We next determined that sequence variation is ultimately responsible for the functional extinction of older Alu elements. As outlined above, AluJ elements appear to have accumulated deleterious sequence changes to the point where no intact, functional AluJ copies exist in the modern human genome. To evaluate this hypothesis further, we resurrected an ancient AluJ element carrying the consensus AluJo sequence and tested it using modern L1 ORF2 proteins to drive retrotransposition. Remarkably, this ancient AluJo element was highly active in the mobilization assay (Fig. 2E). We also resurrected an old AluSx consensus element, which was highly active as well (Fig. 2E; see also Hagan et al. 2003). These data support a model of sequence decay for the extinction of older AluJ and AluS elements, in which deleterious sequence changes accumulated more rapidly than the pool of active elements was replenished by retrotransposition.

Sequence variation also affects AluY mobilization

Sequence variation also is very common among modern AluY elements, and 134,441/135,293 (99.4%) of the AluY copies in our database had sequence changes compared with consensus sequences. To assess the potential impact of this sequence variation on activity, we next examined the mobilization efficiencies of 22 polymorphic and nine randomly chosen AluY copies that carried core sequence changes. Polymorphic AluY copies (i.e., copies that were differentially present in humans and thus had moved recently) (see Batzer and Deininger 2002) generally had robust levels of mobilization in retrotransposition assays, indicating that sequence variation did not appreciably affect the mobilization of these elements (Fig. 2D; Supplemental Table 1). In contrast, randomly chosen AluY copies that contained sequence variation often had low levels of activity or were completely inactive, presumably because of the mutations in these elements (e.g., elements Y_h5.1, Y_h13.1, and Y_h16.1; Supplemental Table 1). On the other hand, some AluY copies with up to 7.4% sequence variation were active in mobilization assays, indicating that Alu can, in some cases, carry a large burden of mutations while still retaining function (e.g., Y_h14.1; Supplemental Table 1). These results indicate that there is a general relationship between the amount of sequence variation in a given Alu copy and its level of activity. However, it also appears that some sequence changes are more effective than others at altering activity.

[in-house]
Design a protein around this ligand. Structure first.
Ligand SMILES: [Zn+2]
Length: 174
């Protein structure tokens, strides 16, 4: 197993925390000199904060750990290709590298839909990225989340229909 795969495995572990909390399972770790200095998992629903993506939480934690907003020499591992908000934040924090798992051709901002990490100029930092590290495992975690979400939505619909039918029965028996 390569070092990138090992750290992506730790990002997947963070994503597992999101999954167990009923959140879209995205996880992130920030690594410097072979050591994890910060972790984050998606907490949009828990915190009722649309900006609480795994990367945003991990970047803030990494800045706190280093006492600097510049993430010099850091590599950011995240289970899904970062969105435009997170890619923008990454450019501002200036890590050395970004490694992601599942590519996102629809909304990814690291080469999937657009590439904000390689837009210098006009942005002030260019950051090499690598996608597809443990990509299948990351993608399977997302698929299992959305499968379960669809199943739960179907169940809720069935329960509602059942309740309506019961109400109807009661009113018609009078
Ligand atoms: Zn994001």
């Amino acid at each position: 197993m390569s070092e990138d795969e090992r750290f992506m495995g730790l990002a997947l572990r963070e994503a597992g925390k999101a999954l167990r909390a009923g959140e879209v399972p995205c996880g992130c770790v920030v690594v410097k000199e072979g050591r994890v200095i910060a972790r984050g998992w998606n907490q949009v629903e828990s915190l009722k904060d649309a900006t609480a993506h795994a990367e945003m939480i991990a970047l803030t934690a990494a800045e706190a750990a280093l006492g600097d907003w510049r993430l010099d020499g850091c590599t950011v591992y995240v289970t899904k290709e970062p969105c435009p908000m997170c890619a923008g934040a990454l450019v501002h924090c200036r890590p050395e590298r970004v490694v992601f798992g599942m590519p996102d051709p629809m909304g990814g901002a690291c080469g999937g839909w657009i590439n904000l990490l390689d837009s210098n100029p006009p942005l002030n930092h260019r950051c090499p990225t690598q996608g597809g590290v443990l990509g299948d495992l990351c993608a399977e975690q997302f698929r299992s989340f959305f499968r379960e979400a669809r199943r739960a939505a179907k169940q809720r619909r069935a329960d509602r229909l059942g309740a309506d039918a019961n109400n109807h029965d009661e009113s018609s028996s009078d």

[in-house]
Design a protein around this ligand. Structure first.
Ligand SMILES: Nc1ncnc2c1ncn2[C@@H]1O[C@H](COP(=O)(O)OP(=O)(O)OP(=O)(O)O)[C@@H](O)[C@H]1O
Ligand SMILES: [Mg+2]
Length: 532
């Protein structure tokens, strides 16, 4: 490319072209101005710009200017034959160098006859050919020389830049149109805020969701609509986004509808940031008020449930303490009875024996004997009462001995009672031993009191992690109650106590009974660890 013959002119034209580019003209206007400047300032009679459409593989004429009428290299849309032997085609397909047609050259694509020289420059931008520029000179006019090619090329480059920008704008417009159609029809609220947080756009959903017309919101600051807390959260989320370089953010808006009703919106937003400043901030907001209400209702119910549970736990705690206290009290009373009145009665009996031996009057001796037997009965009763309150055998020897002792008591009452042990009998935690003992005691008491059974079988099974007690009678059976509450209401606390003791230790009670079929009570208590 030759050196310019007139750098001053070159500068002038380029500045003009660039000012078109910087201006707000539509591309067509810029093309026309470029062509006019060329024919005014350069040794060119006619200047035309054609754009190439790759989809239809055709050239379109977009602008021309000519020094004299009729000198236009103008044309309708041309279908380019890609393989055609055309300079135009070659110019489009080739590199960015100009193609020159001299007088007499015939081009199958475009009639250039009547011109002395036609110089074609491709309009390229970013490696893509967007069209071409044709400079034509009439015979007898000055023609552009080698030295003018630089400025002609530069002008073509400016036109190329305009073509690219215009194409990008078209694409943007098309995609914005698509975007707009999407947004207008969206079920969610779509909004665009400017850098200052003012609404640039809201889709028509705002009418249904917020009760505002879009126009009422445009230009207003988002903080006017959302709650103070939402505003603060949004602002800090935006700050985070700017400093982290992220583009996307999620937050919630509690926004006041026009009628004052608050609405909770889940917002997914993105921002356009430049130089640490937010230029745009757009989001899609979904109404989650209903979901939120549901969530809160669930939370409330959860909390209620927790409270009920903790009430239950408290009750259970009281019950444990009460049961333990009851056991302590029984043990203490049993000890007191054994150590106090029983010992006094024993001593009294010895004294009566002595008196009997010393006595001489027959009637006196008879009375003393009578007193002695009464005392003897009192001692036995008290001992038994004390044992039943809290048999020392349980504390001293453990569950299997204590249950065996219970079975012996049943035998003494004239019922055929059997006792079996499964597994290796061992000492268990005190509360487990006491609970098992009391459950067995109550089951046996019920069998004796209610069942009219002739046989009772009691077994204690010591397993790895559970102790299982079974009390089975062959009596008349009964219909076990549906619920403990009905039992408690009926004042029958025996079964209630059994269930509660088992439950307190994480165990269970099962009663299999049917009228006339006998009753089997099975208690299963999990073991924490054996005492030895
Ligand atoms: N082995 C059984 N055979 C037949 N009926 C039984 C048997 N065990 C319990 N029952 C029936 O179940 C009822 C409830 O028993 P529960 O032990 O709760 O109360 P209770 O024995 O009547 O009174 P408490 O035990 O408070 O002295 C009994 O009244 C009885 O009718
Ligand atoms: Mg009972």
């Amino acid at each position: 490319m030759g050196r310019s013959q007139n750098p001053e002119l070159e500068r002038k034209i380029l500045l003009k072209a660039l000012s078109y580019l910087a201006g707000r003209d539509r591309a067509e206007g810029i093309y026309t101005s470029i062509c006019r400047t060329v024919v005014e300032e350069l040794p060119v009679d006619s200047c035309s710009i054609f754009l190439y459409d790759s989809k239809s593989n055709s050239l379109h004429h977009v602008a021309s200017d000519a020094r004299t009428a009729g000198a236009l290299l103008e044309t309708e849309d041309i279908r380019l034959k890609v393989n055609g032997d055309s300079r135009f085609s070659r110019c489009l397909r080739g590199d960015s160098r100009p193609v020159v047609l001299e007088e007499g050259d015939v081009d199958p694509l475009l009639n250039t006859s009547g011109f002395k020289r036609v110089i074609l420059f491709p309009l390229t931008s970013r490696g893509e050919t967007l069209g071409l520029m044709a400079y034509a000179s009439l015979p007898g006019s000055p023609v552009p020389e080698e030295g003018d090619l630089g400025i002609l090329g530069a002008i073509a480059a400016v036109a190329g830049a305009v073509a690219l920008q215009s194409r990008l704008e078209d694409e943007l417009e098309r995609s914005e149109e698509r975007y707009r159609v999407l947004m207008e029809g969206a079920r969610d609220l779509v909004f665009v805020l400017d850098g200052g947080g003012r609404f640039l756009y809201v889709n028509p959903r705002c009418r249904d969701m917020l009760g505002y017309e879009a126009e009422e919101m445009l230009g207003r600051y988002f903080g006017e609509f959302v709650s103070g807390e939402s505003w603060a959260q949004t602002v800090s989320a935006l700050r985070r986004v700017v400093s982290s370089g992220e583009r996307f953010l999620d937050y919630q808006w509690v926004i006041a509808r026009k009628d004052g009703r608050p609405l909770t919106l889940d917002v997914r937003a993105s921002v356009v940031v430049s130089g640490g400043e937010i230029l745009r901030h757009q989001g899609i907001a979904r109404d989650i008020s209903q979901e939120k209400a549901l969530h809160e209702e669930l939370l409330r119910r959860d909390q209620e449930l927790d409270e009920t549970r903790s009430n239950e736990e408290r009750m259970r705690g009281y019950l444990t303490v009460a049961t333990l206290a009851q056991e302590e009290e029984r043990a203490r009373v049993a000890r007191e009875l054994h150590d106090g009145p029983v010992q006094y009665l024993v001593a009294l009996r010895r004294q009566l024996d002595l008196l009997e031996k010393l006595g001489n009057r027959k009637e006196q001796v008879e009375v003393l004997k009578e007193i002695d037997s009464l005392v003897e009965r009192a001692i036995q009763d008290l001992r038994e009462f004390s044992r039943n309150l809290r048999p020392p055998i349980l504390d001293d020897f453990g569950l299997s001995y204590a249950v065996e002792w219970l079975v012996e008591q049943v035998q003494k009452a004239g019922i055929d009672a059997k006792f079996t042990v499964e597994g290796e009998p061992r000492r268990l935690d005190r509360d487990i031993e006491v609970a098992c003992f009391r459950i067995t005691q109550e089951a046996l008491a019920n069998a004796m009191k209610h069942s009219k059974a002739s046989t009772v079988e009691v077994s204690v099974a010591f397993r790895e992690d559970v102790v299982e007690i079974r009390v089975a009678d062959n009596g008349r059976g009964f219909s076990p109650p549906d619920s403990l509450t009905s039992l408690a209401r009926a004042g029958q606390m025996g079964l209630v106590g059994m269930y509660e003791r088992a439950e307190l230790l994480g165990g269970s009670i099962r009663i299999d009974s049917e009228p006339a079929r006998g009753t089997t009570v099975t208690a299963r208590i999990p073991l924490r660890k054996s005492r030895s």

We next developed a model to examine the impact of core sequence variation on Alu activity by plotting the level of sequence variation vs. the mobilization efficiencies for a random selection of unbiased Alu copies in our study (Fig. 3; Methods). Our model predicts the following: All copies with intact consensus sequences are active in the mobilization assay (852 copies in the genome). However, as changes are introduced, the likelihood that critical sites are mutated increases to the point where all elements are inactive below ~90% conservation. By applying this model to the human genome, we estimate that there are up to 1836 “hot” Alu copies that would be highly active in mobilization assays, 10,535 elements that would be moderately active, and 36,664 copies that would have low levels of activity (Fig. 3). It should be noted that this approach provides a liberal estimate for the number of functional copies (see Discussion section below). We conclude that the pool of potentially active Alu copies in the reference genome includes at least 852 consensus copies and is likely to include thousands of copies. For comparison, ~80–100 copies of the human L1 retrotransposon are active in similar assays (Brouha et al. 2003). Thus, the number of potentially active Alu elements in the reference human genome is unexpectedly large and exceeds that of all other human transposons.

Figure 3.
How many potentially active Alu core elements in the human genome? A model was developed for estimating the number of potentially active Alu core elements in the reference human genome. A set of 33 unbiased Alu copies (see Methods) were placed into four ...